Data Masking with Cribl Stream

September 30, 2021
Categories: Learn

In a past life, at our regularly scheduled IT team meeting, one of my engineers mentioned he had detected some cleartext Social Security Numbers (SSNs) in one of our logs. You’d have thought I brought a bowl of Gaegogi soup to a PETA conference. All I wanted to do was obscure some Social Security numbers in my logs!

The security guys started screaming about HIPPA, GDPR, PCI, and the Privacy act of 1974. 1974! We didn’t even have computers then. I know; I was there. Then our security consultant started talking about the need to be compliant with the NIST publication. Blah, blah, blah. Finally, a member of the NOC team mentioned they needed most of the data but couldn’t care less about the SSNs. I was just about to say delete it all, but before I got the words out, the legal team rep – you know he just came for the free lunch – stated we needed to retain the complete data set for compliance purposes. Urgh, we were quickly going off the rails, but thank God, at that very moment, the food arrived, and everyone became more focused on getting the right dipping sauce.

This gave me time to do a quick Google search and easily found lots of information on Personally identifiable information (PII) and what was required to protect it. Another stroke of luck, after lunch, we were getting a briefing on the value of 5G, Wi-Fi 6, or Wi-Fi 7. So, while they were learning about the latest wireless technology of tomorrow, I could dig into the issue and figure out how to address everyone’s needs and concerns about protecting PII.

I figured a search on the topic of log security would be a good starting point. Bad idea! It resulted in ~3,060,000,000 results (0.64 seconds). A quick scan down the page, and I saw the word observability several times by different vendors. There were so many results to choose from, and I started to think there should be an “unobservability.” That might provide some actual direction. So it wasn’t a clean fit, but it did finally get me to pages that appeared to try and help me, but only if I had an advanced EE degree from MIT. The pages started with headings like data masking, obfuscation, and anonymization.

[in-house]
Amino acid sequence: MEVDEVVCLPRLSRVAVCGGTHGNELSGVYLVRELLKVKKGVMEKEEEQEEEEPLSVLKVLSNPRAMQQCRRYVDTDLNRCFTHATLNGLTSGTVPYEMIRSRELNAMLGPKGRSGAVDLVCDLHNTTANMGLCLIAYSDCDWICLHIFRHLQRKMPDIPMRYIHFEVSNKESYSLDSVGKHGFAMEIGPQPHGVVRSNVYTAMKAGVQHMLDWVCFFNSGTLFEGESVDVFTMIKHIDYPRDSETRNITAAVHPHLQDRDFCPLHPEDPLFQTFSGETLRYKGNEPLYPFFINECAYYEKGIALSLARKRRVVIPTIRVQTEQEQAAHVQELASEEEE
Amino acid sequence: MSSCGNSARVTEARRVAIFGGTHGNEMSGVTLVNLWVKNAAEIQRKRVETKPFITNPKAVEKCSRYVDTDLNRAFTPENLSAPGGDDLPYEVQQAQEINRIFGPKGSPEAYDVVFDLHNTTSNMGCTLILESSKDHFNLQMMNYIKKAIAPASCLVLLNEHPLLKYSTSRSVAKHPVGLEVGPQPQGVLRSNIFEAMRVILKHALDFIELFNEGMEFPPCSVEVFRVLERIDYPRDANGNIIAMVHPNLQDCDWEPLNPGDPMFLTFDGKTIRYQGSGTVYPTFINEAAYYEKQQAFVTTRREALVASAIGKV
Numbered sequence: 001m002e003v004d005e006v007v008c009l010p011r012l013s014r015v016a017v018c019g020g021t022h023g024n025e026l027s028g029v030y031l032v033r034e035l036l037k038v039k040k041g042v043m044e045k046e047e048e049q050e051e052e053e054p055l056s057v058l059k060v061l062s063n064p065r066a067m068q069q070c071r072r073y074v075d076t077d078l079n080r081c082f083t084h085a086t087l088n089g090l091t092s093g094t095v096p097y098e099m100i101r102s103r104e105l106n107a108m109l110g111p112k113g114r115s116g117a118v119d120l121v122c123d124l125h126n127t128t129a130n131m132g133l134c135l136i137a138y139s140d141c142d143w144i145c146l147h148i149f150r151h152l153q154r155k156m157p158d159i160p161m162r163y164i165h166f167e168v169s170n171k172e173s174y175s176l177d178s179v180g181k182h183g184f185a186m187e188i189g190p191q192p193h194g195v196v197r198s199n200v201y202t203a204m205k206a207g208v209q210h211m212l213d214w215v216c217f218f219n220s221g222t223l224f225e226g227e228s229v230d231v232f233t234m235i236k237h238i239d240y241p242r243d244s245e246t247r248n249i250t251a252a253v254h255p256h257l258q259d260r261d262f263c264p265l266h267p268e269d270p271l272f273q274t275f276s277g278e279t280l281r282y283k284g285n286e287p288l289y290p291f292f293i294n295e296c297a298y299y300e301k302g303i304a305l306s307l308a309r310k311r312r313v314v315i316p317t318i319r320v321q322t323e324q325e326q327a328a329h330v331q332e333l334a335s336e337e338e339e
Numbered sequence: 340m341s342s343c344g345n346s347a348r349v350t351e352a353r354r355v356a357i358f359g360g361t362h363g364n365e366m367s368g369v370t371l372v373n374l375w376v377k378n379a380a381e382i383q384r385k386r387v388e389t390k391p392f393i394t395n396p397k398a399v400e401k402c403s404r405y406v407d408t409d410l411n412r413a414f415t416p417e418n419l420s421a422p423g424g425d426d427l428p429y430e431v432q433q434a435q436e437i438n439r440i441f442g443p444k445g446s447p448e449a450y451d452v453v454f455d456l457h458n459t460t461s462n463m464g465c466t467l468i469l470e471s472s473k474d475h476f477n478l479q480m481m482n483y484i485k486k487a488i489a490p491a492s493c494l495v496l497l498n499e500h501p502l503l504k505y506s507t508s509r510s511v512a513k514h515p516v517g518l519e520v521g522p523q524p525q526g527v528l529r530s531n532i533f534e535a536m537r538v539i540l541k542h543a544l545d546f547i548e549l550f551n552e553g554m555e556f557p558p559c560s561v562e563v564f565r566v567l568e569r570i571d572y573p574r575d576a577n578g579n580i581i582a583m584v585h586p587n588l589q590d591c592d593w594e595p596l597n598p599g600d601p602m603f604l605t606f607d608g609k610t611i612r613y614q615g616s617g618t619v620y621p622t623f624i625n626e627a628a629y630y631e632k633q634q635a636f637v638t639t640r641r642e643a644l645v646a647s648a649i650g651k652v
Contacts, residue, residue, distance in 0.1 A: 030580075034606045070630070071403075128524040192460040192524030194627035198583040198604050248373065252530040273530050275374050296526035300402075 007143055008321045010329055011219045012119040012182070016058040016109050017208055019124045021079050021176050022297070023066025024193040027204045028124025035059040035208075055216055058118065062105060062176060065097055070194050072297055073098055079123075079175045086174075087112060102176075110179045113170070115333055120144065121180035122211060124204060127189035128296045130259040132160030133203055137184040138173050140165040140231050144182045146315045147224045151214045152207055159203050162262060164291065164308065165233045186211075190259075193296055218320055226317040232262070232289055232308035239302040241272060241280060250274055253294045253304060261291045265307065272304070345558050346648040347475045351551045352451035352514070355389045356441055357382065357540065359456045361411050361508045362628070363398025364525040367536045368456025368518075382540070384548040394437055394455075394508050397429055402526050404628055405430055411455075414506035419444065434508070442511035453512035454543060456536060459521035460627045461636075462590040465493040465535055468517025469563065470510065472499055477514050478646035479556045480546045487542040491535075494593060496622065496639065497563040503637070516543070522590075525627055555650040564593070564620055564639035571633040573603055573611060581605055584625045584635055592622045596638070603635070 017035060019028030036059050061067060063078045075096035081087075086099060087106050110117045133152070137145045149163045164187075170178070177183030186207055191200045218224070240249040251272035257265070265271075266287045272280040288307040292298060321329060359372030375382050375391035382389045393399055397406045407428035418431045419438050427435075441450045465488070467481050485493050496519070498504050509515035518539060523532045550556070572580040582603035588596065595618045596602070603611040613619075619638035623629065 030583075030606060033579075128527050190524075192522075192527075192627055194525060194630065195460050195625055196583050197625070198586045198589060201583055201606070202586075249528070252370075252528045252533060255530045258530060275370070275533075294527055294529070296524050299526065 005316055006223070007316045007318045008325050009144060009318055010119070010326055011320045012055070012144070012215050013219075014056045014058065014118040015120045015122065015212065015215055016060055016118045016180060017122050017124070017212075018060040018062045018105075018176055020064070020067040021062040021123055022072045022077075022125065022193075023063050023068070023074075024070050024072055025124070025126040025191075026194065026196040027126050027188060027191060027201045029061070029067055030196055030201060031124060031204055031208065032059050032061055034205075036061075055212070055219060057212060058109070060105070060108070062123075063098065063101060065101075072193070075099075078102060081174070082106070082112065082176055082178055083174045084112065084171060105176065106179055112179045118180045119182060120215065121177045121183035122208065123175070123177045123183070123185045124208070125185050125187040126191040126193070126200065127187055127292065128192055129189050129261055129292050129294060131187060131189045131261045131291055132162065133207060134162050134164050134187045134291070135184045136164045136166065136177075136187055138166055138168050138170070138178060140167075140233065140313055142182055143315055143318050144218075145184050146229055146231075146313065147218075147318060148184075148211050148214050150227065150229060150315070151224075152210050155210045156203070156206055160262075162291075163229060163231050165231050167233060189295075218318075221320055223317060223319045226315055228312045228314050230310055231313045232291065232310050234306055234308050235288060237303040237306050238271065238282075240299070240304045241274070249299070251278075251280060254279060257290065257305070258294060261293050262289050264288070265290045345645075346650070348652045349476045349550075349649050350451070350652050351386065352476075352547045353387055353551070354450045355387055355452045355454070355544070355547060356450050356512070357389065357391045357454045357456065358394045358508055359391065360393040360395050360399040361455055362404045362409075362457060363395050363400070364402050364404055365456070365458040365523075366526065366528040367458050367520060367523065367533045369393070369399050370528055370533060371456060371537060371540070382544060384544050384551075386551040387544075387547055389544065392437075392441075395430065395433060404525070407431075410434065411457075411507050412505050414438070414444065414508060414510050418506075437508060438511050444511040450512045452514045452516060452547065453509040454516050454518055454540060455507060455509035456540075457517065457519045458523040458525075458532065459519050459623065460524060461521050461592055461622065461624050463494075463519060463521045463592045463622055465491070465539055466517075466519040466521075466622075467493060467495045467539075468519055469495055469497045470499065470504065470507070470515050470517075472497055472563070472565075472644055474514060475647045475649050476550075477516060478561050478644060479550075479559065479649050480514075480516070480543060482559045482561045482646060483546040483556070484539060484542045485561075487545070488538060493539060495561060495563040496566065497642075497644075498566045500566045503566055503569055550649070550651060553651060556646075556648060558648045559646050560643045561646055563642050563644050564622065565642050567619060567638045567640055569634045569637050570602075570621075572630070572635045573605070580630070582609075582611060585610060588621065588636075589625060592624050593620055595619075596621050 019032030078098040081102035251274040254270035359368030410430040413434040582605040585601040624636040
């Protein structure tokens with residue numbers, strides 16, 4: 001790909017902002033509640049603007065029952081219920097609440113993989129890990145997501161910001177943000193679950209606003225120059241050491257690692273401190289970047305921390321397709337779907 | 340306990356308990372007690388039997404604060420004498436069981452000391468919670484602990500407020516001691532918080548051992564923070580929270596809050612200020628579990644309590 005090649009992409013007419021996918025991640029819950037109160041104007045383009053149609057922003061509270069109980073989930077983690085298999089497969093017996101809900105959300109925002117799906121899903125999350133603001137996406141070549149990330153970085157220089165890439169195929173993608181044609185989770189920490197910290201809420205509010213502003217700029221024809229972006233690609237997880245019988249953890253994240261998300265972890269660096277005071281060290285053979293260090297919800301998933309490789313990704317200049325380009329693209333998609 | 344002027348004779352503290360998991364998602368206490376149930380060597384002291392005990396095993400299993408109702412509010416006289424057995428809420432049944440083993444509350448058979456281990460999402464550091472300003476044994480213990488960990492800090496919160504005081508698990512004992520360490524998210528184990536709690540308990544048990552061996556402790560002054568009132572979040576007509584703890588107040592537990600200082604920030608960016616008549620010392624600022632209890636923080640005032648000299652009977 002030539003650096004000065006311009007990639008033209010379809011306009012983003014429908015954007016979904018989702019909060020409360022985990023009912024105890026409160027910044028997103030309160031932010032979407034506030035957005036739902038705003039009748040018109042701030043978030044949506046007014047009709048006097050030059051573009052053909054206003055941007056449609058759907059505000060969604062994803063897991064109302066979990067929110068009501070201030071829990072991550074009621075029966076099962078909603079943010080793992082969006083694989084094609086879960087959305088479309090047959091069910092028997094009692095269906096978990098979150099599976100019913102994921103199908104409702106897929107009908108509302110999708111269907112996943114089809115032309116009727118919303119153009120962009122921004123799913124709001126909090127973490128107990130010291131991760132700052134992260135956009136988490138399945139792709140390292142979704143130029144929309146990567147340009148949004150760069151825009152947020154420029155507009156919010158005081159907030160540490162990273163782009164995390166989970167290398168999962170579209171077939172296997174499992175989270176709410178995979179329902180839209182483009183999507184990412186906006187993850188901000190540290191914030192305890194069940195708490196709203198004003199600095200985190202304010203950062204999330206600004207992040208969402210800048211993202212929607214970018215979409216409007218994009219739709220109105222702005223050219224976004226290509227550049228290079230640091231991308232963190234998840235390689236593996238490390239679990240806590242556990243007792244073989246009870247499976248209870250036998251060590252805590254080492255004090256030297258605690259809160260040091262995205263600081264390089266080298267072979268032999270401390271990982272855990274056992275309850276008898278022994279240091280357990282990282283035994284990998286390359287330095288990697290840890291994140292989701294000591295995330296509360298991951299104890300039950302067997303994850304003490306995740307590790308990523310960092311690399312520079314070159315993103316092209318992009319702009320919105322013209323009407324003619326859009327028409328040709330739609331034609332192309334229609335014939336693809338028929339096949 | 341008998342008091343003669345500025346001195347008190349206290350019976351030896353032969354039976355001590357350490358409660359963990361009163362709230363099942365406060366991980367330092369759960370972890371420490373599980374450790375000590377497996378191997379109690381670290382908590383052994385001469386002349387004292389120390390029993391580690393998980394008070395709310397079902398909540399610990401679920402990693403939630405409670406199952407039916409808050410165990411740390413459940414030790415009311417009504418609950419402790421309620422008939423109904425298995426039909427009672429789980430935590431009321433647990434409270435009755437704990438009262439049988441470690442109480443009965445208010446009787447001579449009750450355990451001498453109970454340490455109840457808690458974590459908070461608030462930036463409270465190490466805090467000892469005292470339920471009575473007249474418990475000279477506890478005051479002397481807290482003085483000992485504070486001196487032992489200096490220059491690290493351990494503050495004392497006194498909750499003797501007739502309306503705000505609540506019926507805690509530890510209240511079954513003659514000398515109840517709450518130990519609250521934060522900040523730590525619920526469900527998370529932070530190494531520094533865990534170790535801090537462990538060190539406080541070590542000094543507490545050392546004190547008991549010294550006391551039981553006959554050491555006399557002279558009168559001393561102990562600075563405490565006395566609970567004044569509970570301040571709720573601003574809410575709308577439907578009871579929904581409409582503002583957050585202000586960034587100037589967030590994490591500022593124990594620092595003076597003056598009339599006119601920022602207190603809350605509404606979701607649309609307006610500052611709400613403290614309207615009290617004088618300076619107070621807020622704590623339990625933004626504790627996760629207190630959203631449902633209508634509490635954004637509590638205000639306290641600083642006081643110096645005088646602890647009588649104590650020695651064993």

So far, so good, but midway through the second paragraph, I thought I was reading a foreign language. They called it Regex (i.e. {\.(?\w+-\w+\d+)-`), but I knew it was really Klingon ( `tlhIngan Hol Dajatlhʼaʼ?`). I didn’t understand it and knew no one on my team was fluent with it either. But I kept reading anyway. Soon I started to understand a little and eventually came across something called Match Regex and Replace Expression as it applied to masking data. This made sense, but I still needed to implement this without calling HR about a new headcount to configure all of this.

Enter Stream

Luckily (again), I came across a Cribl blog showing how to learn SSN masking in less than 10 minutes and for FREE. It sounded too good to be true, but I grabbed a new cup of coffee and settled in to watch anyway.

Wow, the video not only actually made sense, but it appeared to be something we could do internally, with the existing team, and at no additional cost. There was even a link to a deeper dive training for those implementing it. With Stream, you can mask data using various techniques by applying the Masking Function on any event that matches any arbitrary condition.

Well, I think I have the SSN crisis of 2021 resolved. Next, I need to find a way to reduce the volume of logs I am storing. Maybe Stream can help here too? That’s a story for another day, though.

The fastest way to get started with Cribl Stream is to sign-up at Cribl.Cloud. You can process up to 1 TB of throughput per day at no cost. Sign-up and start using Stream within a few minutes.

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